England v Warner

England v Warner

World Cup of cricket

After a protracted round robin phase, the World Cup of cricket (50 overs) has its final grid placings. .  New Zealand has bolted into the final after an historic and dramatic semi-final win over India. A one day of game epic, test match proportions.

 

With England in high summer, its women’s World Cup Cricket campaign is now over in familiar misery and there is no apparent chance of a local taking out one of the two tennis singles’ titles at Wimbledon (unlike us). The nation will instead turn its attention to the Edgbaston ground in Birmingham on Thursday for a World Cup Cricket knock-out game with more history attached to it than virtually anything in the world of sport.

England now has Australia in its sights

In England’s sights is Australia. The ground will be full, of course, but not with the chardonnay-sipping theatre goers and celebrity types that like to frequent Lords for big games. Edgbaston on Thursday will be more akin to a soccer ground, with a loud witty crowd that can be intimidating and a bit cruel at times.

Those who report on cricket in England often lament the fact that major international games aren’t available on free-to-air TV, the problem being that the game just doesn’t seep into the consciousness of the general public, particularly young people, in the way that it once did.

An occasion like the one coming up is a chance for the British media to stoke every fire of parochialism and patriotism at its disposal. The prey in this game is the Australian cricket team, with its storied history of hard-bitten competitive players and teams. The sort of opponent that makes you admire and dislike them at the same time.

British Media

An occasion like the one coming up is a chance for the British media to stoke every fire of parochialism and patriotism at its disposal. The prey in this game is the Australian cricket team, with its storied history of hard-bitten competitive players and teams. The sort of opponent that makes you admire and dislike them at the same time.

The Birmingham crowd on Thursday will have one other thing that it needs to really have some fun – a pantomime villain whose name is David Warner.

Warner is the tournament’s leading run scorer so far, a player with so many facets to his game and playing history that make him a TV director’s delight. He’ll be the focus of enormous attention on Thursday and he knows it. Not that it will bother him. You simply don’t survive in cricket at the top and for so long by caring too much about what people are saying about you or to you, though Warner has agreed that his actions in the Cape Town test of last year (sandpaper gate if you don’t follow the game that closely) were indefensibly wrong.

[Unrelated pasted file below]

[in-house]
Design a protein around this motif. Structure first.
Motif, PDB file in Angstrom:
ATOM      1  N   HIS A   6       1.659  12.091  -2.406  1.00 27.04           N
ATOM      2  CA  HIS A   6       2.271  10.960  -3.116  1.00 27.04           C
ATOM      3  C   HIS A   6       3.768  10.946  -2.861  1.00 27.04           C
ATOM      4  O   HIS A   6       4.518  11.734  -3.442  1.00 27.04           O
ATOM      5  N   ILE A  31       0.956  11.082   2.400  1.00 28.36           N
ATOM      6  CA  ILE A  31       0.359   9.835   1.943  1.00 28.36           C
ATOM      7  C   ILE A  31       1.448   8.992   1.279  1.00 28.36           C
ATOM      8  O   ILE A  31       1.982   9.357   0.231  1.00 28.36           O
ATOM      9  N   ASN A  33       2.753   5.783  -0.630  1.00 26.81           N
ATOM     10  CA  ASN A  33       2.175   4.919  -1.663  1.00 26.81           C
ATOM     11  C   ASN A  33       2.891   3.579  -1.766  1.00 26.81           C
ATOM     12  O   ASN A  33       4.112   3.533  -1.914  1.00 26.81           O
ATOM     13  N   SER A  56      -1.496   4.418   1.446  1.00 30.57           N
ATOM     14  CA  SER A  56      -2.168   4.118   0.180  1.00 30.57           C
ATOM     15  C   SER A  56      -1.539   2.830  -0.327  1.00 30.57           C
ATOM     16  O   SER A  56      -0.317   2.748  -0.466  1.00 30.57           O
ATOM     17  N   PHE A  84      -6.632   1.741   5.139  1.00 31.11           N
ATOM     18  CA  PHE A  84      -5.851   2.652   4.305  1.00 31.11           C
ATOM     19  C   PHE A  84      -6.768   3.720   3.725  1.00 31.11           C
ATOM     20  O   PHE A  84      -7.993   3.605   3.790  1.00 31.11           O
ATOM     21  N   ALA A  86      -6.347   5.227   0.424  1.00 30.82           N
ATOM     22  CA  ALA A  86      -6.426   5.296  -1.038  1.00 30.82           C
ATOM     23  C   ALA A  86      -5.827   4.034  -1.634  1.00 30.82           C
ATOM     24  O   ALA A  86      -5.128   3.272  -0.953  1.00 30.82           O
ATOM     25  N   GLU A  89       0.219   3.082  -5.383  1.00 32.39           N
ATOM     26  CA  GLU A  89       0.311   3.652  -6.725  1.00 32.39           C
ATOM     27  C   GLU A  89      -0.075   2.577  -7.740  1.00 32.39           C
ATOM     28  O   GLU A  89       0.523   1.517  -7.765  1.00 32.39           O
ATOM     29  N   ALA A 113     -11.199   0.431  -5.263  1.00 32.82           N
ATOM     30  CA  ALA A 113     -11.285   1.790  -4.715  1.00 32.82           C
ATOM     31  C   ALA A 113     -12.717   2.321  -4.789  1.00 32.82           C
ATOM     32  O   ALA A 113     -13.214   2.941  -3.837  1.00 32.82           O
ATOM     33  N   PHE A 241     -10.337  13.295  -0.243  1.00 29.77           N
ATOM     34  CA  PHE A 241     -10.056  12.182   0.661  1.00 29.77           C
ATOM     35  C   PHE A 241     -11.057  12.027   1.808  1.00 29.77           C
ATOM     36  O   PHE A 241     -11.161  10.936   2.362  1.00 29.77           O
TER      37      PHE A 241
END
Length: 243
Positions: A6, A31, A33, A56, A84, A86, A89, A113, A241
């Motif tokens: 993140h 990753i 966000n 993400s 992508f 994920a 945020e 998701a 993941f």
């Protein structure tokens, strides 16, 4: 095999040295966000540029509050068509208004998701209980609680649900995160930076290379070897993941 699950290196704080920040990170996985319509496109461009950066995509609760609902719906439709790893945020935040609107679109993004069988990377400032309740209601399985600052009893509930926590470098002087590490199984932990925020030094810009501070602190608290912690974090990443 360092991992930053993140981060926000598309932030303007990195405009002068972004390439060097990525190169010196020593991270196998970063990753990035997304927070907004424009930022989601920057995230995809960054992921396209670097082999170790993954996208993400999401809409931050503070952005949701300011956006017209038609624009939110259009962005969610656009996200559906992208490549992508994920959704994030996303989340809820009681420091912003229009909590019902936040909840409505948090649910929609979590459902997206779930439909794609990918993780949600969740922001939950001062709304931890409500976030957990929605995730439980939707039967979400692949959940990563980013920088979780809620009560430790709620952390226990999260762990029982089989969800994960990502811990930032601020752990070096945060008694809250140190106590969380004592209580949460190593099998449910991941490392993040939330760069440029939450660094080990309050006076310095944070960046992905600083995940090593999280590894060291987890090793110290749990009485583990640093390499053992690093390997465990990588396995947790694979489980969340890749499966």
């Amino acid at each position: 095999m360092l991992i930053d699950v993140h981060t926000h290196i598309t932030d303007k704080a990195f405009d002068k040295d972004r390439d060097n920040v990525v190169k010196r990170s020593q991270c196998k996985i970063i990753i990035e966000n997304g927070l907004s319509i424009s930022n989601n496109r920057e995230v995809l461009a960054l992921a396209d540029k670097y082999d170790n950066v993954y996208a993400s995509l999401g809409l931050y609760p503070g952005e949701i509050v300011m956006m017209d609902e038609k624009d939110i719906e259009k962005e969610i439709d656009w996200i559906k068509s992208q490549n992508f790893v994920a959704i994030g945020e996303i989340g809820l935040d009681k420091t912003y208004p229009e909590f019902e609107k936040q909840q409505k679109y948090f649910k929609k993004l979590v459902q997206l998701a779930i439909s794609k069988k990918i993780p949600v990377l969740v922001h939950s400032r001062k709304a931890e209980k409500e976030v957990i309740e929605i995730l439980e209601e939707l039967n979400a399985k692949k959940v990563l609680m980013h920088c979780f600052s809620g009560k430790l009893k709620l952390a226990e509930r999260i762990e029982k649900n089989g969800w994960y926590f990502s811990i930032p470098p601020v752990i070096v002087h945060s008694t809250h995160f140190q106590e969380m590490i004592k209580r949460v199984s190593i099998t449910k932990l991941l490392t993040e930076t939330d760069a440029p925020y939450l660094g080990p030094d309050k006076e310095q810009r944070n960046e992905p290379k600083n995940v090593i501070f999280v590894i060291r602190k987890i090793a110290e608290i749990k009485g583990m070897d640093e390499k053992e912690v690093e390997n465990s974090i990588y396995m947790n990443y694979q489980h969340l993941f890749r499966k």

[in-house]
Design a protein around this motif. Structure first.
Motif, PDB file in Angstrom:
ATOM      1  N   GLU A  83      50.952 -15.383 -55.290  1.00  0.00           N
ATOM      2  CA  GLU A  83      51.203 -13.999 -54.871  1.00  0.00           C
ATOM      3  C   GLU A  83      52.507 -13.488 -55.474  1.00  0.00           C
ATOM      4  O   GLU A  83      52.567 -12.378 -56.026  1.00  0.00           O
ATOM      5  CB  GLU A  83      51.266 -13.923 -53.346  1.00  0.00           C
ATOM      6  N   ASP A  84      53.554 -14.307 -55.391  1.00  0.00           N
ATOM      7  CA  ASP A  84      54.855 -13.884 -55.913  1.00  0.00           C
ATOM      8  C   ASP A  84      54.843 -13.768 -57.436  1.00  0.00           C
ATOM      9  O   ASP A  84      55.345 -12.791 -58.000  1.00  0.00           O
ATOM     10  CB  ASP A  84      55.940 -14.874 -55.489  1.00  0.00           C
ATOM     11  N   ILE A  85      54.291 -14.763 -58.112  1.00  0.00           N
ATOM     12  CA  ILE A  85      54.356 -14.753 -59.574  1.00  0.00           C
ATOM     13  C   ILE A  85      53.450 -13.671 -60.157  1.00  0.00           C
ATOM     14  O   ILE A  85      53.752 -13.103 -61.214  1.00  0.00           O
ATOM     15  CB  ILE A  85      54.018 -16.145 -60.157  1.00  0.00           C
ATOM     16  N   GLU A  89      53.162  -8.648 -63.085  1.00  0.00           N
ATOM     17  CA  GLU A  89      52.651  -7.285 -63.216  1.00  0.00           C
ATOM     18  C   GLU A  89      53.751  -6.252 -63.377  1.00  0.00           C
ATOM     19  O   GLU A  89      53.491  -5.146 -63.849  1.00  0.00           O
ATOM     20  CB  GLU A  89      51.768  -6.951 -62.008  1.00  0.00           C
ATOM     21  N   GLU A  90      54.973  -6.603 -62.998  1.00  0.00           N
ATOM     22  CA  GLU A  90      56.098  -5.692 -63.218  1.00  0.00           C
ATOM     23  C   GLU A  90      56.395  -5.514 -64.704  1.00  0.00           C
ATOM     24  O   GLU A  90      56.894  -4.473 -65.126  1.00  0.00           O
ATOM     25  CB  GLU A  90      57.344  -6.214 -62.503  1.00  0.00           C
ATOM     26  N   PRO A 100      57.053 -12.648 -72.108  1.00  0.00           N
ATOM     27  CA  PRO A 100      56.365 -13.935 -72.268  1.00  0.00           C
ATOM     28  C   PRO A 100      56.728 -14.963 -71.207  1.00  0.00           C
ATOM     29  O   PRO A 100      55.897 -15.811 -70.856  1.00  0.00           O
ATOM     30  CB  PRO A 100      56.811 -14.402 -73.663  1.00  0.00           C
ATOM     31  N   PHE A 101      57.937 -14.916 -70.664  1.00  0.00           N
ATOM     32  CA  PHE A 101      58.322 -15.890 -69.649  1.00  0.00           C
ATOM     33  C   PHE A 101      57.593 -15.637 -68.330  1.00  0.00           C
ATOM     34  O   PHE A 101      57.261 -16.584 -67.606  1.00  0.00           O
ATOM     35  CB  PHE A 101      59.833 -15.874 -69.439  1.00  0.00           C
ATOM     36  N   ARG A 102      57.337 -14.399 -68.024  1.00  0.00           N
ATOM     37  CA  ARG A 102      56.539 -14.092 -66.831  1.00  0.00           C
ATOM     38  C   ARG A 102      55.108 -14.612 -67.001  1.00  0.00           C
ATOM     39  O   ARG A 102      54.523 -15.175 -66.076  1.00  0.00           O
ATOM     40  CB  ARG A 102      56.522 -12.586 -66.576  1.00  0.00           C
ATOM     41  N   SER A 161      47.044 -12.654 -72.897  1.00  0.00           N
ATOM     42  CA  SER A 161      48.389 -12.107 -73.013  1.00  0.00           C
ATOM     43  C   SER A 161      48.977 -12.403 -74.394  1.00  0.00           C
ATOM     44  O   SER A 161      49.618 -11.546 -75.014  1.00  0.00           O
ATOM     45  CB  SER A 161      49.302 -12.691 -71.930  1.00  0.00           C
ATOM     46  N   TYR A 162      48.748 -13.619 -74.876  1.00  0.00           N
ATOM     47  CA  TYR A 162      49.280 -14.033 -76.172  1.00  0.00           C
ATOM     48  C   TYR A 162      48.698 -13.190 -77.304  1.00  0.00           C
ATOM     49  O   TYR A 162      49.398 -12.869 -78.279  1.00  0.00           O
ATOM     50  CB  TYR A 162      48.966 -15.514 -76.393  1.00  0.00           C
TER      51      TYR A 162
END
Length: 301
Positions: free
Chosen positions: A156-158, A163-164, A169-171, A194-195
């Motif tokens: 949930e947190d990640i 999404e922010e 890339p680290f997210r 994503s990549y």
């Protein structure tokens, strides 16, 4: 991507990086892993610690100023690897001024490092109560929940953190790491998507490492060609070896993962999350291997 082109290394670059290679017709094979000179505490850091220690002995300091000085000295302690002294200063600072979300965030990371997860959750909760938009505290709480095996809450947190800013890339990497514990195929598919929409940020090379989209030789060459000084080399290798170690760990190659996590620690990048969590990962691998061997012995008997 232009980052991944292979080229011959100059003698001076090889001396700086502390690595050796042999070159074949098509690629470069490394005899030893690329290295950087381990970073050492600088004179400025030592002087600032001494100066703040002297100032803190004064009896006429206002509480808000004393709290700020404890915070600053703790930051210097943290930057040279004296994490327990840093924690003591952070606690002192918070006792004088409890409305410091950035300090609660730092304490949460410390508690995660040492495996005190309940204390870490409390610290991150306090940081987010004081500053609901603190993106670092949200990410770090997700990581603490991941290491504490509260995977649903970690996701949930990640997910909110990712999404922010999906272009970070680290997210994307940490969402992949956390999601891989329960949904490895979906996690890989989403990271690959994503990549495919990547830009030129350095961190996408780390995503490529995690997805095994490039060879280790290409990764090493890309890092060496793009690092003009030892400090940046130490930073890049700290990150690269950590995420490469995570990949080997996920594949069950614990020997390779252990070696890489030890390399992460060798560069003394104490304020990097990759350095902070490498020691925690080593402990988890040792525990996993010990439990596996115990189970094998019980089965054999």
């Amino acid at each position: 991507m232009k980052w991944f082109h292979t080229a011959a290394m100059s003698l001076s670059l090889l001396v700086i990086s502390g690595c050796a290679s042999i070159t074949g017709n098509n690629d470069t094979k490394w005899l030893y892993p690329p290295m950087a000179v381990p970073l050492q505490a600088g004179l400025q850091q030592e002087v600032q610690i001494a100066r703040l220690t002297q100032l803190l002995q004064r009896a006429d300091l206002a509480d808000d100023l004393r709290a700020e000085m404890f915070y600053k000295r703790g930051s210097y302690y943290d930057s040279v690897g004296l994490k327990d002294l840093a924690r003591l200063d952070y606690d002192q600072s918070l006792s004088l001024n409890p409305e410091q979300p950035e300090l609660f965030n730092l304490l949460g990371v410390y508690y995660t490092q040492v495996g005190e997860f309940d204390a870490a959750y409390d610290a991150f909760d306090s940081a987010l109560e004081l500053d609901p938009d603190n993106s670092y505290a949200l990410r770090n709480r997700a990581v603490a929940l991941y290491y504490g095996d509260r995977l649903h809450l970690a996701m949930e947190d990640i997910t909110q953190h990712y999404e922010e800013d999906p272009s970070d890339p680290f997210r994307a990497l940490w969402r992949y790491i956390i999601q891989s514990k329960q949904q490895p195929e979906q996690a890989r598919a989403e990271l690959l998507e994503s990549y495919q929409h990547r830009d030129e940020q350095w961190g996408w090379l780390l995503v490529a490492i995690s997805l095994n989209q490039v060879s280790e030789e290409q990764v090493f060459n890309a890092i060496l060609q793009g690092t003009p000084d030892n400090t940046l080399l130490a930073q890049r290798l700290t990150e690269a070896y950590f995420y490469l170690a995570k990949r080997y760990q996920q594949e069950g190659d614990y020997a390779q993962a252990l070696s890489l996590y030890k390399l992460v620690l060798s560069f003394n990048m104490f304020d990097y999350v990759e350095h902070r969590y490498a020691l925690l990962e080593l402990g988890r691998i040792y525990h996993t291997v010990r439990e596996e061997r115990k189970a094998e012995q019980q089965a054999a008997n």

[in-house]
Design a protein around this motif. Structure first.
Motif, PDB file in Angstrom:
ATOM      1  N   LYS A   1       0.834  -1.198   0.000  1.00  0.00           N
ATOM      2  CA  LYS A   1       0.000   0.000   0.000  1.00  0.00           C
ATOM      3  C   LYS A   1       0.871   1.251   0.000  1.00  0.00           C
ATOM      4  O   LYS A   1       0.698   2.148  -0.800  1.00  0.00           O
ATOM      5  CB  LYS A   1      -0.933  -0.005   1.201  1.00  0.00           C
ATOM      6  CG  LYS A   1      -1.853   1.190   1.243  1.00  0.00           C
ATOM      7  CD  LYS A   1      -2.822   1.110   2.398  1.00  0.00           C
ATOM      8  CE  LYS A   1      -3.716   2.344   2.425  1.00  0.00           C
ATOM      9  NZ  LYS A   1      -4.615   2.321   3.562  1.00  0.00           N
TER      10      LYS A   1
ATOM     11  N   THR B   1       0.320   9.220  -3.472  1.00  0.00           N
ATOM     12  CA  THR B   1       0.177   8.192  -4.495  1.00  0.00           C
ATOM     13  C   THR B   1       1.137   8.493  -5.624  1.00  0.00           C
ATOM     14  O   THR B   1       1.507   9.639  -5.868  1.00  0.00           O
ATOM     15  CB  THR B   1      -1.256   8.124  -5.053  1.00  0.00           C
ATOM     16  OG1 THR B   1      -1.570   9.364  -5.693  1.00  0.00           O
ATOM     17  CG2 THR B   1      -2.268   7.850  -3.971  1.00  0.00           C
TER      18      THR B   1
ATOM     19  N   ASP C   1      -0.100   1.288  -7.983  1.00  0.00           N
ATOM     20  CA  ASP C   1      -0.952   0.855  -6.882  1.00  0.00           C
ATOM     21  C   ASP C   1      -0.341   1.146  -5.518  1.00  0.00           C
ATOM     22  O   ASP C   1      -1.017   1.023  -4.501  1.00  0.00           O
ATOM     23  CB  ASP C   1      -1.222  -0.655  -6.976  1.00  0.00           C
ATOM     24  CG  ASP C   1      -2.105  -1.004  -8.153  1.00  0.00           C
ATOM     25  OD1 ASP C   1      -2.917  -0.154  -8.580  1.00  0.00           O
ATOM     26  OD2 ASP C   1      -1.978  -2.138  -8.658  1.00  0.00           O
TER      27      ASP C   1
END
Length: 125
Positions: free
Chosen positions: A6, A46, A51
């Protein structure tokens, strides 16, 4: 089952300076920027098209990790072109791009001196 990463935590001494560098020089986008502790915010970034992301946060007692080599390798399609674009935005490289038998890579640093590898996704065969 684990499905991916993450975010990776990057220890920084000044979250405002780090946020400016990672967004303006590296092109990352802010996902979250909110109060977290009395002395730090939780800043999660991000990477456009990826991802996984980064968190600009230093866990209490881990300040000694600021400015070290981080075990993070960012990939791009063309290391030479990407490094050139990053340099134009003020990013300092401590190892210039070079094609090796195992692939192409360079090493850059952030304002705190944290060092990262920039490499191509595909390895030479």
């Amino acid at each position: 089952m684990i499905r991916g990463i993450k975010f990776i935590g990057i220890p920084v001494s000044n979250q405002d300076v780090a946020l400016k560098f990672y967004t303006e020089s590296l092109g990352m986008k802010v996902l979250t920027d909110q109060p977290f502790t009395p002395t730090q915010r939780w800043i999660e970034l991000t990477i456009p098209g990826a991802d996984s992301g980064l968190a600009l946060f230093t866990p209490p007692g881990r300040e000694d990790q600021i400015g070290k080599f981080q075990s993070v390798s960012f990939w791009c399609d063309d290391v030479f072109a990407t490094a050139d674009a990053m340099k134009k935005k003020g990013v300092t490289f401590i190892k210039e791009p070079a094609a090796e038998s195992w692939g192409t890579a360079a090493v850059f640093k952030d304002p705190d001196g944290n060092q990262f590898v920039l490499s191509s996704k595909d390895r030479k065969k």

English Summer Classic

In so many ways this cricket World Cup semi-final shapes up as a midsummer classic. England is strong and coming good at the right end of the tournament. Australia clearly has played very well to finish second after the round robin stage, and has more than David Warner to thank for this (Mitch Starc is the tournament’s leading wicket taker as well).

The game this Thursday will be light years away from two teams of eleven playing a gentleman’s game. Many years ago I spent two summers living in the UK playing club cricket. As clearly as yesterday I can recall gathering around a TV perched on a bar in a pavilion in southern England to watch England play Argentina in the quarter-finals of the Soccer World Cup. That was the summer of 1986. History shows that Argentina won that game in Mexico City 2-1. Both goals were scored by the greatest player and pantomime villain of his time, Diego Maradona. One of those goals has come to be known as the ‘hand of god goal’ and was a blatant case of cheating and poor sportsmanship.

‘He’s a great player but he’s a bloody cheat,’ exclaimed one usually mild mannered teammate.

Warner a 'Maradona'

There’s a bit of Maradona about David Warner. Like all top players, he pushes things to the limit. In front of a crowd and a nation desperate to rule the world in a game others have mastered more successfully (just like soccer), the outcome this Thursday will mean more to the home team than perhaps we realise. Which is why it would be such fun to win.

Let’s hope there’s a large transfixed audience, the occasion gets the game it deserves and the result is arrived at fairly. If not accepted graciously…

Peter Newlinds – Author of Around the Grounds

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